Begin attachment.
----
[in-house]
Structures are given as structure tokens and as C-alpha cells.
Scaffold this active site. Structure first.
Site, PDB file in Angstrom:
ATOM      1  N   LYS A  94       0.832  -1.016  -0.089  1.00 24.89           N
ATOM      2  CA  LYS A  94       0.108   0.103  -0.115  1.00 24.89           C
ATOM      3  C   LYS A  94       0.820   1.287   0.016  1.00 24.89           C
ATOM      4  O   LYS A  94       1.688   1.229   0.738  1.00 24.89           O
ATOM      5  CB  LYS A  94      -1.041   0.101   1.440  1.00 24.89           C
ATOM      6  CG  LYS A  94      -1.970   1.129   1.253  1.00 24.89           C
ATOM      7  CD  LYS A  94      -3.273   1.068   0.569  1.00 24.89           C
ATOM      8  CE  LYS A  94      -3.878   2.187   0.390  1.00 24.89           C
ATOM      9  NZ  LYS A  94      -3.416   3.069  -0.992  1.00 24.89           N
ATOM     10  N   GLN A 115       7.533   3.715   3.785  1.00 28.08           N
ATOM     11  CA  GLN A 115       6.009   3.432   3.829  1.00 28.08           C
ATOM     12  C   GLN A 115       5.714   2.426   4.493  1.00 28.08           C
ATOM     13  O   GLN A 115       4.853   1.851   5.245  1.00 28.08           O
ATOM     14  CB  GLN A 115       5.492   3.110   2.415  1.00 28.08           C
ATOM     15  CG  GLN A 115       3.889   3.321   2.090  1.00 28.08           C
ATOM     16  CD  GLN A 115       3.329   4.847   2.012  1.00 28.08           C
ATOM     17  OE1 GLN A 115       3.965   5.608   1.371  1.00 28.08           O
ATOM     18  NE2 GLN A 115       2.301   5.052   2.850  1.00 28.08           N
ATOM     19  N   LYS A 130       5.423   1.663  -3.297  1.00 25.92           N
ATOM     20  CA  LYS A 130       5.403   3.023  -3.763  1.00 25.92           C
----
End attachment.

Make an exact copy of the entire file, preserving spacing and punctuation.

[in-house]
Structures are given as structure tokens and as C-alpha cells.
Scaffold this active site. Structure first.
Site, PDB file in Angstrom:
ATOM      1  N   LYS A  94       0.832  -1.016  -0.089  1.00 24.89           N
ATOM      2  CA  LYS A  94       0.108   0.103  -0.115  1.00 24.89           C
ATOM      3  C   LYS A  94       0.820   1.287   0.016  1.00 24.89           C
ATOM      4  O   LYS A  94       1.688   1.229   0.738  1.00 24.89           O
ATOM      5  CB  LYS A  94      -1.041   0.101   1.440  1.00 24.89           C
ATOM      6  CG  LYS A  94      -1.970   1.129   1.253  1.00 24.89           C
ATOM      7  CD  LYS A  94      -3.273   1.068   0.569  1.00 24.89           C
ATOM      8  CE  LYS A  94      -3.878   2.187   0.390  1.00 24.89           C
ATOM      9  NZ  LYS A  94      -3.416   3.069  -0.992  1.00 24.89           N
ATOM     10  N   GLN A 115       7.533   3.715   3.785  1.00 28.08           N
ATOM     11  CA  GLN A 115       6.009   3.432   3.829  1.00 28.08           C
ATOM     12  C   GLN A 115       5.714   2.426   4.493  1.00 28.08           C
ATOM     13  O   GLN A 115       4.853   1.851   5.245  1.00 28.08           O
ATOM     14  CB  GLN A 115       5.492   3.110   2.415  1.00 28.08           C
ATOM     15  CG  GLN A 115       3.889   3.321   2.090  1.00 28.08           C
ATOM     16  CD  GLN A 115       3.329   4.847   2.012  1.00 28.08           C
ATOM     17  OE1 GLN A 115       3.965   5.608   1.371  1.00 28.08           O
ATOM     18  NE2 GLN A 115       2.301   5.052   2.850  1.00 28.08           N
ATOM     19  N   LYS A 130       5.423   1.663  -3.297  1.00 25.92           N
ATOM     20  CA  LYS A 130       5.403   3.023  -3.763  1.00 25.92           C